Positive and Negative Sides of Death Penalty

Table of Content

You have heard from the affirmative side and you may disagree or agree with some of their points, but the reality is that their plan will not and cannot succeed in today’s society. True, on paper the plan looks very good, but it will not work. Today’s present system, with the death penalty is much better off then without it.

The negative side, which my partner and I represent, feels that the death penalty should not be abolished and that today’s system, which allows states to choose if they want to impose the death penalty, should continue to be used. It is true that innocent people have been executed, but that number is miniscule compared to the amount of “true” criminals that are rightfully executed. There is 28-step procedure necessary before any person can be given a death sentence. By having the process consist of numerous steps and involving many different people, human error is greatly reduced.

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The death penalty is not racially or gender bias, much to the contrary of what the affirmative team believes. The fact is that men commit more crimes, so they will be convicted at a greater rate then women. The ratio of men to women on death row and executed is 68:1 or 3400:50 (NAACP Spring 1996). From 1976-1994, men committed 7 times as many murders as women or a 7:1 ratio (Sourcebook ’94). Therefore, it may be statically shown that men are, by a 70:1 ratio, more likely to be on death row then are women. Like gender bias, racial bias is nonexistent in the rulings involving the death penalty. Whites represent 56% of those executed, and blacks 38% (NAACP Summer of 1996). The other 6% are other minorities. The death penalty is not bias to any race, but by just looking at the numbers it may seem that it is. The total populations of each race will give the illusion of bias, but that is not true.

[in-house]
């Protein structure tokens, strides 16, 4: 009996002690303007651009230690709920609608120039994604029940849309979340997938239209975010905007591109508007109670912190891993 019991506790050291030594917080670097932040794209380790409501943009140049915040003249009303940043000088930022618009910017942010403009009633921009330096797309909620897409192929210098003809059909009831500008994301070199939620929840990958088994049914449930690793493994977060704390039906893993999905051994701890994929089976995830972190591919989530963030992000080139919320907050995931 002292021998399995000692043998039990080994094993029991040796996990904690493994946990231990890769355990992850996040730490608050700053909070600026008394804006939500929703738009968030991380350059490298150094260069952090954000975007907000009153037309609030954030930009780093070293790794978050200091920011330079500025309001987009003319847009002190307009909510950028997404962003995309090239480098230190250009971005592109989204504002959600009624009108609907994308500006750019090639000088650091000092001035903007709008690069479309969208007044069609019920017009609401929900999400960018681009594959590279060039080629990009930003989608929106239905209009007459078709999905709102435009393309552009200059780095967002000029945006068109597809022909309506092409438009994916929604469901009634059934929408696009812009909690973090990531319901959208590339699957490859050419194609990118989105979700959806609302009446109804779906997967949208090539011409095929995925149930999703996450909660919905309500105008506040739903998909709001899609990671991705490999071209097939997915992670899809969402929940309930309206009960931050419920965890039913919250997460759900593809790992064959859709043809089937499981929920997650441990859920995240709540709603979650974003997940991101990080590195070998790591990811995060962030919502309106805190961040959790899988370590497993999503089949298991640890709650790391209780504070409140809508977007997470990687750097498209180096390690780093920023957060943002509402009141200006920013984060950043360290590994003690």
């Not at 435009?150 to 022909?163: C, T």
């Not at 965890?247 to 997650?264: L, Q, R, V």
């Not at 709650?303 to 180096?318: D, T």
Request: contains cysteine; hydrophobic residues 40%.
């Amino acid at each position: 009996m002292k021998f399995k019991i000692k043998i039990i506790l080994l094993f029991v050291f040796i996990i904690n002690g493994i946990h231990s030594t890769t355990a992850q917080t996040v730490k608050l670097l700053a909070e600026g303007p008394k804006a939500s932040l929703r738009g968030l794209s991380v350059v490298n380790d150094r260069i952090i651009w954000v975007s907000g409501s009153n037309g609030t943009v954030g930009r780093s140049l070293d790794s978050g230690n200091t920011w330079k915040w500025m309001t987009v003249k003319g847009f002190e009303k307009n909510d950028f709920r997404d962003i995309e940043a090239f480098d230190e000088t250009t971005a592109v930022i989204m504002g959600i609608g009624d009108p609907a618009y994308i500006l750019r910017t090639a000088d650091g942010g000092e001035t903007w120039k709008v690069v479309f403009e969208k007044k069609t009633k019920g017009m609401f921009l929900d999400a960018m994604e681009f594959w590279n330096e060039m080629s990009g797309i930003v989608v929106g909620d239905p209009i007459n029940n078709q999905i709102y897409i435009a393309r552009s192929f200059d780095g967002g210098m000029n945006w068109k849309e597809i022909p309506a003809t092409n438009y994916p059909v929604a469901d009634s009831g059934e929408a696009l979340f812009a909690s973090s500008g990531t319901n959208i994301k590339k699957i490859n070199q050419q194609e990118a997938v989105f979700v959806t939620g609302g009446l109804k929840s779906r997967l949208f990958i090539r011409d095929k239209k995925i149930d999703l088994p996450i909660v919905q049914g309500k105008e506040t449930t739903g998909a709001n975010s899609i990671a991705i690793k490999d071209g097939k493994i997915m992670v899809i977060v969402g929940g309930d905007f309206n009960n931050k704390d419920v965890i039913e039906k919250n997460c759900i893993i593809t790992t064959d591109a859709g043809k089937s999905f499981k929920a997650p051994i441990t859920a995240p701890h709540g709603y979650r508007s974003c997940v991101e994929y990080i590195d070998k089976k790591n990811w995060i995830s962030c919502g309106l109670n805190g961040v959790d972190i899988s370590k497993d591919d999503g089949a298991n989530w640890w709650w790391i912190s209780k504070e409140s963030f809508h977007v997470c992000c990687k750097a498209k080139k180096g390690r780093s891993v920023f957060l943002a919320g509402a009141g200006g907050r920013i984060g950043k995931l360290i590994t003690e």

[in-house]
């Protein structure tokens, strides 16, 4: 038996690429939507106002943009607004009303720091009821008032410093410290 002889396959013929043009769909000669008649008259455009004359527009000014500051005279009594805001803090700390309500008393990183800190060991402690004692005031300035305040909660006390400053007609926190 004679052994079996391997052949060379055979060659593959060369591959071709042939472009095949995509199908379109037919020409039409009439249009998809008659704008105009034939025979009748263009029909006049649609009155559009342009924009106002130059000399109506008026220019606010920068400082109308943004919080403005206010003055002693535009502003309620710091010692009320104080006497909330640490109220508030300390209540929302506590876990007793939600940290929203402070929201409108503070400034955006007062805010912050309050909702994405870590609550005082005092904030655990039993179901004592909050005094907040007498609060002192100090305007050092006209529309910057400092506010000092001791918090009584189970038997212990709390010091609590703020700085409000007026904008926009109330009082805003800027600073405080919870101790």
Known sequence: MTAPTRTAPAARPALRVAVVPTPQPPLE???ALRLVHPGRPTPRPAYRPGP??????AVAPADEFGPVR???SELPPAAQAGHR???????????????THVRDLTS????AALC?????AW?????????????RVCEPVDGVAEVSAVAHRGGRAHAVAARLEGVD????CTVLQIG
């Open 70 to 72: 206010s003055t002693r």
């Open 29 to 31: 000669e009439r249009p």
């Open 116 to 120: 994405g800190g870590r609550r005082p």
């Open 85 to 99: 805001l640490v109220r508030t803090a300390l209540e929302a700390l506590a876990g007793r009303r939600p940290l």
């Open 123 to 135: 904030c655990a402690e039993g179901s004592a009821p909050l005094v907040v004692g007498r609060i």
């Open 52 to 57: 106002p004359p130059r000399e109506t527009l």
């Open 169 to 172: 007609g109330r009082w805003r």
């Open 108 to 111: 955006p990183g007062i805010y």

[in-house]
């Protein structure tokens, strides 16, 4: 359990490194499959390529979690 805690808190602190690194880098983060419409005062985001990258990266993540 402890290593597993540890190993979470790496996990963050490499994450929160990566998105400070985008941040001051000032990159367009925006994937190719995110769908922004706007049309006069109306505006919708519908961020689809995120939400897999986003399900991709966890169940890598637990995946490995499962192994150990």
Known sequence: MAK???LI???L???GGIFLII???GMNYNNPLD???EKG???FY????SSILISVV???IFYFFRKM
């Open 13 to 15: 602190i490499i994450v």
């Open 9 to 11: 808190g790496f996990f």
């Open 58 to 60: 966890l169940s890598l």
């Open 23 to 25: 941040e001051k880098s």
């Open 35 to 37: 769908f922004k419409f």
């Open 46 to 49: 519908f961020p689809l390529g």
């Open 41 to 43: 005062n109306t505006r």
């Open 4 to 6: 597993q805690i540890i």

The affirmative side also argues that the cost of life in prison without parole is much cheaper then the cost of the death penalty, but this, like their charge of bias, is also untrue. The death penalty is millions cheaper then life without parole in the long run, but when our numbers are compared to the affirmative’s numbers no right or wrong conclusion can be reached. No one team can give impartial numbers since studies by both sides are bias.

There is no need for change because the current system is working just fine. Why fix something that is not broken. The death penalty deters crime. When someone is caught, charged, tried, found guilty, and sentenced to death, that person’s execution would be what will serve as a deterrent to others from committing a major crime. Houston had the highest murder rate in 1981, with 701 murders. In 1982, Texas resumed executions. Since then Houston has executed more murderers than any other city or state, except Texas, and has seen the greatest reduction in murder. The city went from 701 murders to 216 murders in a 15-year span. This is a 63% reduction and represents how many people that were saved by the death penalty. The innocents, the-would-be victims were saved from a harsh death by the death penalty that supposedly did not work. An econometric study from 1994 indicated that each execution deters 8 or more murders. That is the goal of the death penalty, not to get revenge on the criminal, but to prevent more crimes of the same nature form occurring. Execution equals deterrent, which ultimately leads to prevention.